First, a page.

Memorial Day: It’s Complicated… 

As I’m doing research on family ancestry, I’m finding a very high percentage of our family’s forebears who served in the Civil War (both north and south); quite a few Revolutionary War veterans, and several WWI AND WWII military. We have a couple of career military relatives who are currently serving who have been brave, earnest and dutiful in their service and we are proud of their sincerity.

I’ve both spoken and written in opposition to various wars and have filled many care packages for those serving overseas. It seems there is rarely “one right way” to view war and peace. I’ve been about speaking against misguided military intervention but honoring and respecting our soldiers. Kind of confusing.

In another case, I feel passionately that it was right to intervene with Hitler’s activities in WWII. But the internment camps for Japanese Americans during the same war was a misguided exercise in fear and racism, not unlike the attitude some hold toward “all Muslims” today (post-9/11 and post-Isis terrorism). And certainly the use of the atomic bomb demonstrated that there clearly are moral limits to the use of indiscriminate force.

On holidays like Memorial Day, I often wish I could just be patriotic or just be completely against it all. It would be simpler, more fun for the moment to feel morally certain.

Unfortunately, we somehow have to keep walking the less popular road of the not-quite-middle-ground. It can be a lonely road in today’s political climate. To live a deeply spiritual life in our complex world means seeing the Sacred in every person and having compassion even for those whose point of view would choose to obliterate our viewpoint. Ugh!

It is easier when I watch birds fly, feel the wind in my face, pray and meditate at sunrise, look out on vast oceans and deserts, see the sunset over the horizon or hike up a tall mountain to view wilderness. It is easier when I let go of “us vs. them” and focus on oneness.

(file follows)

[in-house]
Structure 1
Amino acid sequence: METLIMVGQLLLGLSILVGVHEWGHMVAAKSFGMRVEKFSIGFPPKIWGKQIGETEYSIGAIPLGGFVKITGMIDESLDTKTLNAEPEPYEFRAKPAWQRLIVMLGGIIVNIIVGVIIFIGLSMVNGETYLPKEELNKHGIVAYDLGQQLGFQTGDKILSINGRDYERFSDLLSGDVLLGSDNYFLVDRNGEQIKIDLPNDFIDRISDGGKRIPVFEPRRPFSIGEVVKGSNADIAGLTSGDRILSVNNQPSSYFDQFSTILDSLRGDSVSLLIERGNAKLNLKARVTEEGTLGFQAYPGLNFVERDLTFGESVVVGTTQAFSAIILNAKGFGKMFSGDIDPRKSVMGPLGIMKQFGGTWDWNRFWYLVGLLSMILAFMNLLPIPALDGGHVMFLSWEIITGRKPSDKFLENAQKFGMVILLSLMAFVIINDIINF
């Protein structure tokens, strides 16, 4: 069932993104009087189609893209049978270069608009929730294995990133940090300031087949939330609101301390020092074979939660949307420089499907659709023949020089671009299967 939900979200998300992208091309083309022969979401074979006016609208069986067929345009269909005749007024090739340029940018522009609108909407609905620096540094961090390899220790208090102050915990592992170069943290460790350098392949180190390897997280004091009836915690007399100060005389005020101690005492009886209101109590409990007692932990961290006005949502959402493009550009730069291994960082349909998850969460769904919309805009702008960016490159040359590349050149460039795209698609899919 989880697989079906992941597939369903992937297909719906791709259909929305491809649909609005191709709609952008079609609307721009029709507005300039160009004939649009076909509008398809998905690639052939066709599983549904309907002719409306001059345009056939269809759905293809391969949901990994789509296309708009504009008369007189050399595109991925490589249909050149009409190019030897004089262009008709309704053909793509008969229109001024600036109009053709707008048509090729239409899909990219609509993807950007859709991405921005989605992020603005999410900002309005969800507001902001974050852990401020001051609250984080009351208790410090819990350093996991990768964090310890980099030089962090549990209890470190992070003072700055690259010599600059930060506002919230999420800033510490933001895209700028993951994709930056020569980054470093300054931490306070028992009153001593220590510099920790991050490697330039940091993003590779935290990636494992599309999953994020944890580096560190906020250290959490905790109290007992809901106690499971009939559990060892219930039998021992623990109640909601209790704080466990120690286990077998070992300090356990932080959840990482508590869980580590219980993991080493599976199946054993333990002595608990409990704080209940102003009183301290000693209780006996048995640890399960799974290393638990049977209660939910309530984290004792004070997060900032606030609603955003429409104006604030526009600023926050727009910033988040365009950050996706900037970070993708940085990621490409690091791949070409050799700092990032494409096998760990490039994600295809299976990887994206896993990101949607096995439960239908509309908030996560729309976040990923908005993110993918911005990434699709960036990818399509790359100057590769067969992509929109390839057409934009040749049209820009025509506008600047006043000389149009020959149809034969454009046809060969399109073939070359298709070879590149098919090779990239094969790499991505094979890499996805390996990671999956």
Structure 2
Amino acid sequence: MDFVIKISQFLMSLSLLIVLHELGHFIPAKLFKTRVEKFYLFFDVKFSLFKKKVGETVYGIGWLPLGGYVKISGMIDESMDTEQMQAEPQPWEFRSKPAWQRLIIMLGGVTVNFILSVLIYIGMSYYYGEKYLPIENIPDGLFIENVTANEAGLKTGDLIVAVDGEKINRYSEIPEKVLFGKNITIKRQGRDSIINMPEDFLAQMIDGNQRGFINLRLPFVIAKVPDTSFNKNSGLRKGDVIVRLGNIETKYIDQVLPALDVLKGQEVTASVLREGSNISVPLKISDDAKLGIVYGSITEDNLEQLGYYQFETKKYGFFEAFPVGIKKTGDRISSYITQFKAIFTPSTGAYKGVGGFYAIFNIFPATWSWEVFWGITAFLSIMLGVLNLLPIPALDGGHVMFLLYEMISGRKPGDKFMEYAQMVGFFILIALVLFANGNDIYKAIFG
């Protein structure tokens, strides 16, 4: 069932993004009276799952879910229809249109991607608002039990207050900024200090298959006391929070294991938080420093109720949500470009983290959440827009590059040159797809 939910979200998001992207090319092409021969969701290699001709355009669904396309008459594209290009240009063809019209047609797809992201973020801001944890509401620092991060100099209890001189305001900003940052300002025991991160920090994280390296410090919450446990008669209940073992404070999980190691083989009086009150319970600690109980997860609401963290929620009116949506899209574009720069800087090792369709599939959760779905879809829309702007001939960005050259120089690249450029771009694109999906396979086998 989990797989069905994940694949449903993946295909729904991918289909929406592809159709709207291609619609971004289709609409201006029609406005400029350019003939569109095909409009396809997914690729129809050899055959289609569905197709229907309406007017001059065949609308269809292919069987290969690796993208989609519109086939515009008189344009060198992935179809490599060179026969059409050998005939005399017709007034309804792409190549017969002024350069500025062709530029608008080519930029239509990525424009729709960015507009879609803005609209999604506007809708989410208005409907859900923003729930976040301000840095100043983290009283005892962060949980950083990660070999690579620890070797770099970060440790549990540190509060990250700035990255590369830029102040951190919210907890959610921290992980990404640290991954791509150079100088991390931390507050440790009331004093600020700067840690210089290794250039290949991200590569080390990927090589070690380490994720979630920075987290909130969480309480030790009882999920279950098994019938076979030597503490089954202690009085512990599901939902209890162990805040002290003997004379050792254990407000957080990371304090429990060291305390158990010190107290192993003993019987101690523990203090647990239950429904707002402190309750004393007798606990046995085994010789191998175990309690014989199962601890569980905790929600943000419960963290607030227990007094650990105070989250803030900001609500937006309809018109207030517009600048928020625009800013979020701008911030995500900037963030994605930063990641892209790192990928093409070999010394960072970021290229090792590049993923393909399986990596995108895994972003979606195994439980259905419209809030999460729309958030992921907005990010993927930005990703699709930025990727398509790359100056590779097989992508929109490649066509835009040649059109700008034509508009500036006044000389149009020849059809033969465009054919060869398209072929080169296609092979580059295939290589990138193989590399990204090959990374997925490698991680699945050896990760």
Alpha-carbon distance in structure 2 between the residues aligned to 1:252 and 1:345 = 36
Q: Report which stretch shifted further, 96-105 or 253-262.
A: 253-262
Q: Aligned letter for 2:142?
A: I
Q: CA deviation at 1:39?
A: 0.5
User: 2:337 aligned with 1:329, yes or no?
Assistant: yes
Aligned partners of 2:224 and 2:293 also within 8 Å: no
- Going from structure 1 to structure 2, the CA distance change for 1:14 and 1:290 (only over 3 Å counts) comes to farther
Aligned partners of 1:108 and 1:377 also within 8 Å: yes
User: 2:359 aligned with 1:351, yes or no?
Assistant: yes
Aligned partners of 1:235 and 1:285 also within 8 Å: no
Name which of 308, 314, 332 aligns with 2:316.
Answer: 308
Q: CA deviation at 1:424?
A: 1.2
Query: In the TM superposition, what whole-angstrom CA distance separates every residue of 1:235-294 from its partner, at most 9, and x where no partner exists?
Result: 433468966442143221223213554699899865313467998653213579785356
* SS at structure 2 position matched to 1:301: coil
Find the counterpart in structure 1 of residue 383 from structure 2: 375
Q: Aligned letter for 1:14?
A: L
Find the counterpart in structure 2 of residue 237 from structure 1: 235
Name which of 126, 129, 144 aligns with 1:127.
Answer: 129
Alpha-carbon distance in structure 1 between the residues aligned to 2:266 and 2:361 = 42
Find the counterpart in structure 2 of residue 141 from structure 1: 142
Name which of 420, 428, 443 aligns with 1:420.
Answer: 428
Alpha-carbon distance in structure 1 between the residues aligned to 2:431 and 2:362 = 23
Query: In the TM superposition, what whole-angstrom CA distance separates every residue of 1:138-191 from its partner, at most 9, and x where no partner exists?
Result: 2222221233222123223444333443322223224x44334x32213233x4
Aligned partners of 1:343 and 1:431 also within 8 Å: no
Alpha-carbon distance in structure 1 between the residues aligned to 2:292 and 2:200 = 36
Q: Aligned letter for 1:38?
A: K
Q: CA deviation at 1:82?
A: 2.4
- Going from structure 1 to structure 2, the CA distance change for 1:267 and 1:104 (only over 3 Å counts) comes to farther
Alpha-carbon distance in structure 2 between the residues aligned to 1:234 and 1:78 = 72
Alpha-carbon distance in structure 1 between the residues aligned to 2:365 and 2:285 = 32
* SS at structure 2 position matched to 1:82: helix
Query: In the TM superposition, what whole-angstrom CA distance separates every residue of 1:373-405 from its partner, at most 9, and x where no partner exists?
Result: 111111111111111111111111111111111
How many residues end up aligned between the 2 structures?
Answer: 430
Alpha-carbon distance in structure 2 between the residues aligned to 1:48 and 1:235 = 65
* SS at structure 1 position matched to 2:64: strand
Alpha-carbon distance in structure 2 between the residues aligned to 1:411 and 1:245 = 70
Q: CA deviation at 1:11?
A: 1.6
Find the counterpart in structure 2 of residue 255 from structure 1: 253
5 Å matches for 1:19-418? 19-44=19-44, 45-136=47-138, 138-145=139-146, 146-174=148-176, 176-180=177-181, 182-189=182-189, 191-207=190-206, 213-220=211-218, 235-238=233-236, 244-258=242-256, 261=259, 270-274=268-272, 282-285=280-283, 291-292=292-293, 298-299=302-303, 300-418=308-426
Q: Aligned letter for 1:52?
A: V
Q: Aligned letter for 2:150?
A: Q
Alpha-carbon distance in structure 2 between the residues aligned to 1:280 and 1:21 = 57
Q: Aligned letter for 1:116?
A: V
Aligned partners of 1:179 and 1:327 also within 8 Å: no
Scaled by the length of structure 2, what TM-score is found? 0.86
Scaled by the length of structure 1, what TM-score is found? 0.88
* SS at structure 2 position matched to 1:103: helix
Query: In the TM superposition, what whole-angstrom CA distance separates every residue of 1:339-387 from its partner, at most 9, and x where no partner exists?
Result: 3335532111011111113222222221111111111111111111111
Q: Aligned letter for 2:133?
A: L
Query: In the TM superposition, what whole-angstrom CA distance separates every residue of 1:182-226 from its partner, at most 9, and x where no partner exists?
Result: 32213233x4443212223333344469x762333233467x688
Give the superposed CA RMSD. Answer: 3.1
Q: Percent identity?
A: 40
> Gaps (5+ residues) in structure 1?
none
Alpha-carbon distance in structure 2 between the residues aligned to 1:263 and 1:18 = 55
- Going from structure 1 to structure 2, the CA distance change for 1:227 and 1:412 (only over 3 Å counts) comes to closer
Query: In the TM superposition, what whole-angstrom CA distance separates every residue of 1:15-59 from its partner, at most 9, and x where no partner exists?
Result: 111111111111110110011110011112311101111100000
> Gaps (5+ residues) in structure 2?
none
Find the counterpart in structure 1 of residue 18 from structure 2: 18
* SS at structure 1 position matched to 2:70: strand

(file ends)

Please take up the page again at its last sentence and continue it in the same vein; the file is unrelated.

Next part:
There is so much more to this universe than our own perspective. So I will lift my gratitude today for the triumph of love, unity, respect, diversity, kindness, and courage. I will celebrate the passage of time, moments of healing and reunion, and I will honor ancestors who sought to do their best – whatever their beliefs – and seek compassion and forgiveness for us all.

3 thoughts on “Memorial Day: It’s Complicated… 

  1. Hi Karen,

    I loved what you wrote! You did an amazing job of expressing the challenges that many of us baby boomers feel. We grew up post WWII. Our parents experienced the Great Depression and the war at a deeply personal level. We burned our bras, marched against mandatory ROTC, the Vietnam War, and insisted on our rights to the birth control pill and our right to choose. I look at whom is getting elected, the raping of our environment due to greed, the fact the evil doers on Wall Street are still smoking big cigars and I feel like I am caught in some strange twilight zone! What happened to my generation that we let these things happen? I recently have become more politically active. Otherwise, how can we face our grand children without being able to say, “I tried.”

    Linda Lillie Rosson Sent from my iPhone

    >

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